Song et al. [9] tried the fixation of bony fragments using only the fibrin glue. We applied to resorbable PCL mesh on fracture site because we have some apprehension of prolapse of the soft tissue or bony fragment into the sinus cavity. The major functions of resorbable PCL mesh on comminuted fracture site are maintaining anatomical shape of bony fragments and strong enough to prevent prolapse of bony fragments into the sinus cavity by herniation of soft tissue. On the other hand, the fixation using fibrin glue maintained for approximately 3 weeks that is not enough time for union of bony fragment. Hutmacher et al. [11] reported that fully interconnected scaffold architecture in PCL was completely 3D-filled by cellular tissue after 3 weeks. They shows that fibroblasts and osteoblast-like cells can proliferate, differentiate, and produce a cellular tissue in an entirely interconnected 3D PCL matrix. The combination of fibrin glue and resorbable PCL mesh is accompanied by bony union process and compensates for the disadvantages of each other.
Osteomesh (Osteopore) is a resorbable PCL mesh implant that is often used to restore various types of fractures in craniofacial surgery, such as medial orbital wall and orbital floor fractures, to fill bony defects. PCL implants made from a porous interconnected honey-comb architecture can provide a desirable osteoconductive environment to induce cellular growth, bone-directed differentiation, and tissue formation [11]. In addition, this implant is easy to handle, biocompatible with minimal tissue reaction. As mentioned earlier, the mainly use of a resorbable mesh in craniofacial surgery is for reconstruction of orbital floor fractures, and many articles have reported good results in restoring the orbital floor using a resorbable mesh with minimal complications [12,13]. The orbital floor and anterior maxillary wall have a similar anatomical shape and are very thin bones that make up the wall of the maxillary sinus. The authors suggest that a resorbable mesh can be used for successful restoration of the anterior maxillary wall. Furthermore, some recent papers have reported the development of advanced uses of the 3D printing technology in craniofacial surgery [14]. The use of a resorbable mesh with 3D printing surgery techniques can be particularly advantageous for personalized treatment through an exquisite and 3D restoration.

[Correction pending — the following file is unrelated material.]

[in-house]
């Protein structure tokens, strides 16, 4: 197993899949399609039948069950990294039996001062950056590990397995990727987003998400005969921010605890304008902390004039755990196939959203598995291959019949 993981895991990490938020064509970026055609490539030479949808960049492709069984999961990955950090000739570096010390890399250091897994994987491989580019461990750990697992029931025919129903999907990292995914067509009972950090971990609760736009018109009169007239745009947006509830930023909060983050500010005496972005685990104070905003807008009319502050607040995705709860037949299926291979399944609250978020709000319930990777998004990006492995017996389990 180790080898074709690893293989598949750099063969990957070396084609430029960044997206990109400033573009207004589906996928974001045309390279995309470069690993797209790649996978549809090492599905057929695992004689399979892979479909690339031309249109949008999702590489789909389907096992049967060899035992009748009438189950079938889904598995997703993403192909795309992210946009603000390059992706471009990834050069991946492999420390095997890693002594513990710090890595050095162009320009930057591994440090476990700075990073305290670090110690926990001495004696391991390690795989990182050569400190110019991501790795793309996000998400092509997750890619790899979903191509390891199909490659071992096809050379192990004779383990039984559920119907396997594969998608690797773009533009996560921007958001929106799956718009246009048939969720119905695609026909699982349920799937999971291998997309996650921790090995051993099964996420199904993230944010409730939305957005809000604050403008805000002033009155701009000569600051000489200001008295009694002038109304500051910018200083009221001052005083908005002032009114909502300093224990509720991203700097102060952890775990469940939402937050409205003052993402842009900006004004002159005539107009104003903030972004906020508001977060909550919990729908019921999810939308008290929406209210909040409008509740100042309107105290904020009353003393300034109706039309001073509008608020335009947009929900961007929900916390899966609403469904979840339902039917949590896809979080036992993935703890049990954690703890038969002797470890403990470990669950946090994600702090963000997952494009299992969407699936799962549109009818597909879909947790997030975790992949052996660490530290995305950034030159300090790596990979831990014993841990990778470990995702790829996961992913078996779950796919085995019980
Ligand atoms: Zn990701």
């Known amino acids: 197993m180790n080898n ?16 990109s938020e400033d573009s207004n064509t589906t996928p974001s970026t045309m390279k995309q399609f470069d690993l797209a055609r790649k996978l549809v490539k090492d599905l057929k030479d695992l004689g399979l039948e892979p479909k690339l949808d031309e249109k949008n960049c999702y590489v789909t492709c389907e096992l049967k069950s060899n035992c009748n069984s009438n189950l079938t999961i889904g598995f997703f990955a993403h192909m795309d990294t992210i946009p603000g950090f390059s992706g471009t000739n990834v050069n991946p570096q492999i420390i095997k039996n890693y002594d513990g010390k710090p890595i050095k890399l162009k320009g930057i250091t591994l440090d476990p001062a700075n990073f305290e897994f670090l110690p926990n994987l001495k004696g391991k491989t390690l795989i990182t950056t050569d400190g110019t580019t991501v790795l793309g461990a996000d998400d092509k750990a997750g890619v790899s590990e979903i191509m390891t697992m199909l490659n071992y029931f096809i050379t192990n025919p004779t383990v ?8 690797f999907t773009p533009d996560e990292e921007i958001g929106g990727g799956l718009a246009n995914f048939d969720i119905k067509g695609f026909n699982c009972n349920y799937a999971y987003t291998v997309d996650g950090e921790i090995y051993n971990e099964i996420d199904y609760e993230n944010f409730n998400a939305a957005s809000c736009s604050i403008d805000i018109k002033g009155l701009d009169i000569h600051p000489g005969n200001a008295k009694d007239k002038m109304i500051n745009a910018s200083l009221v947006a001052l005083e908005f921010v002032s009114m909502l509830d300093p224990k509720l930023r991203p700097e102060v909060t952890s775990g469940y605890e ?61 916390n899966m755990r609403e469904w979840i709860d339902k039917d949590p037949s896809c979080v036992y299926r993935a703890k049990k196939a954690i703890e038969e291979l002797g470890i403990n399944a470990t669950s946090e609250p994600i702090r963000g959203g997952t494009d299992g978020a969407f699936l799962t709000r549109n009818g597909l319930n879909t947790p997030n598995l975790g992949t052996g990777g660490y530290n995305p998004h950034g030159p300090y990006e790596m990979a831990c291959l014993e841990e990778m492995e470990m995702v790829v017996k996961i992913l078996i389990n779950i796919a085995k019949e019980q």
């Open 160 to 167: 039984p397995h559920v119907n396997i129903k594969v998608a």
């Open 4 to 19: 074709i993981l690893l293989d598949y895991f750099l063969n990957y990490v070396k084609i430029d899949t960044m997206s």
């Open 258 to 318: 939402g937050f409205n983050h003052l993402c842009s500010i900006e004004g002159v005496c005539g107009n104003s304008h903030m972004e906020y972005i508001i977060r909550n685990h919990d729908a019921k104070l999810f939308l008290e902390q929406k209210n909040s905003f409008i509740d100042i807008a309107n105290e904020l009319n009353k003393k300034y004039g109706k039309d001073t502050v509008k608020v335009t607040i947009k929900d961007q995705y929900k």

The limitation of this study is small sample size. On the other hand, the fixation of small bony fragments was good, as shown in the postoperative CT images. In addition, the other advantages of this method are that the operating time was reduced by the simple procedure and there were no complications. The use of a resorbable mesh with fibrin glue in comminuted fractures of anterior maxillary wall can be advantageous and effective compared to traditional techniques involving fixation using plates, screws and interosseous wiring. Furthermore, this technique can be applied to other type of comminuted fractures in facial trauma.

Notes

No potential conflict of interest relevant to this article was reported.

PATIENT CONSENT

The patients provided written informed consent for the publication and the use of their images.

Fig. 1.
(A) A defect of anterior wall of maxillary sinus caused by comminuted fracture. (B) The bony fragments were collected and placed to their anatomical position and resorbable mesh that is slightly larger than the fracture site was prepared. (C) Fibrin glue was sprayed to fix bony fragments on resorbable mesh. (D) A resorbable mesh with fixed bony fragments was inserted to return them to their original place.
acfs-2018-01942f1.tif
Fig. 2.
(A) Preoperative facial computed tomography (CT) finding of 19-year-old man with right comminuted anterior wall of maxillary sinus fracture. (B) Postoperative 6 months facial CT image. Bony fragments are located in their anatomical position. (C) Preoperative three-dimensional CT image of 24-year-old women with left comminuted anterior wall of maxillary sinus fracture. (D) Postoperative 3 months facial CT image. Restoration of comminuted fracture was successful by using fibrin glue and resorbable plate.
acfs-2018-01942f2.tif
Table 1.
Patient demographics
Variable Value (n = 13)
Sex
 Male 9
 Female 4
Mean age (yr) 39.4
Affected side
 Left 5
 Right 8
Cause of facial trauma
 Traffic accident 5
 Slip down 3
 Violence 1
 Fall down 2
 Industrial 1
 Sports injury 1
Table 2.
Complication
Complication Number
Hematoma formation 0
Postoperative infection 0
Rhinitis 0
Hypoesthesia 1
Purulence discharge 0